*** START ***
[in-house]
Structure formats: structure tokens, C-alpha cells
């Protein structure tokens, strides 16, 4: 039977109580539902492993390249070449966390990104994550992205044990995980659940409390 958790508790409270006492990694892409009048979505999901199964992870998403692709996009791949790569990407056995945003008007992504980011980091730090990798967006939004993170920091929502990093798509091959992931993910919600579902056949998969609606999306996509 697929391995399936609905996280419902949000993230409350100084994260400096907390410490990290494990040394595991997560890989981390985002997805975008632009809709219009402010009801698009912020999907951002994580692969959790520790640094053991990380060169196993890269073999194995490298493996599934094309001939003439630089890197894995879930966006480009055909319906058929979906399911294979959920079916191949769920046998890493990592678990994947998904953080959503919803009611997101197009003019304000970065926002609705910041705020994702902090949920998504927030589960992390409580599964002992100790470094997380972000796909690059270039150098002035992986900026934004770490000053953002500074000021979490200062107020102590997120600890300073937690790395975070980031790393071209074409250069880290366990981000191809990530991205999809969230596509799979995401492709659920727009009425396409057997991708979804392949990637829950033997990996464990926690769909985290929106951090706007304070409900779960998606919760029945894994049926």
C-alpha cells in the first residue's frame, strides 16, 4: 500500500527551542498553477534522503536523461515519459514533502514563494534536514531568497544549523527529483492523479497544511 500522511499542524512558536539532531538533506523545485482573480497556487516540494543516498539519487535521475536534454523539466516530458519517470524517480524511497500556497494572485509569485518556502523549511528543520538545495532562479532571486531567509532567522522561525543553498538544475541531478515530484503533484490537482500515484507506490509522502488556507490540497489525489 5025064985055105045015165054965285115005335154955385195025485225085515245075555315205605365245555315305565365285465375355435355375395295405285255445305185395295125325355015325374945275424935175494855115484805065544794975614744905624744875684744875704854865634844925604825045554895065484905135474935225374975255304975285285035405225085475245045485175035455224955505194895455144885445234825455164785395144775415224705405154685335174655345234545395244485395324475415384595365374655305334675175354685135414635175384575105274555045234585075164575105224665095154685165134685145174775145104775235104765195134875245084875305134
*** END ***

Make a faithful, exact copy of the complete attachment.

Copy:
[in-house]
Structure formats: structure tokens, C-alpha cells
């Protein structure tokens, strides 16, 4: 039977109580539902492993390249070449966390990104994550992205044990995980659940409390 958790508790409270006492990694892409009048979505999901199964992870998403692709996009791949790569990407056995945003008007992504980011980091730090990798967006939004993170920091929502990093798509091959992931993910919600579902056949998969609606999306996509 697929391995399936609905996280419902949000993230409350100084994260400096907390410490990290494990040394595991997560890989981390985002997805975008632009809709219009402010009801698009912020999907951002994580692969959790520790640094053991990380060169196993890269073999194995490298493996599934094309001939003439630089890197894995879930966006480009055909319906058929979906399911294979959920079916191949769920046998890493990592678990994947998904953080959503919803009611997101197009003019304000970065926002609705910041705020994702902090949920998504927030589960992390409580599964002992100790470094997380972000796909690059270039150098002035992986900026934004770490000053953002500074000021979490200062107020102590997120600890300073937690790395975070980031790393071209074409250069880290366990981000191809990530991205999809969230596509799979995401492709659920727009009425396409057997991708979804392949990637829950033997990996464990926690769909985290929106951090706007304070409900779960998606919760029945894994049926």
C-alpha cells in the first residue's frame, strides 16, 4: 500500500527551542498553477534522503536523461515519459514533502514563494534536514531568497544549523527529483492523479497544511 500522511499542524512558536539532531538533506523545485482573480497556487516540494543516498539519487535521475536534454523539466516530458519517470524517480524511497500556497494572485509569485518556502523549511528543520538545495532562479532571486531567509532567522522561525543553498538544475541531478515530484503533484490537482500515484507506490509522502488556507490540497489525489 5025064985055105045015165054965285115005335154955385195025485225085515245075555315205605365245555315305565365285465375355435355375395295405285255445305185395295125325355015325374945275424935175494855115484805065544794975614744905624744875684744875704854865634844925604825045554895065484905135474935225374975255304975285285035405225085475245045485175035455224955505194895455144885445234825455164785395144775415224705405154685335174655345234545395244485395324475415384595365374655305334675175354685135414635175384575105274555045234585075164575105224665095154685165134685145174775145104775235104765195134875245084875305134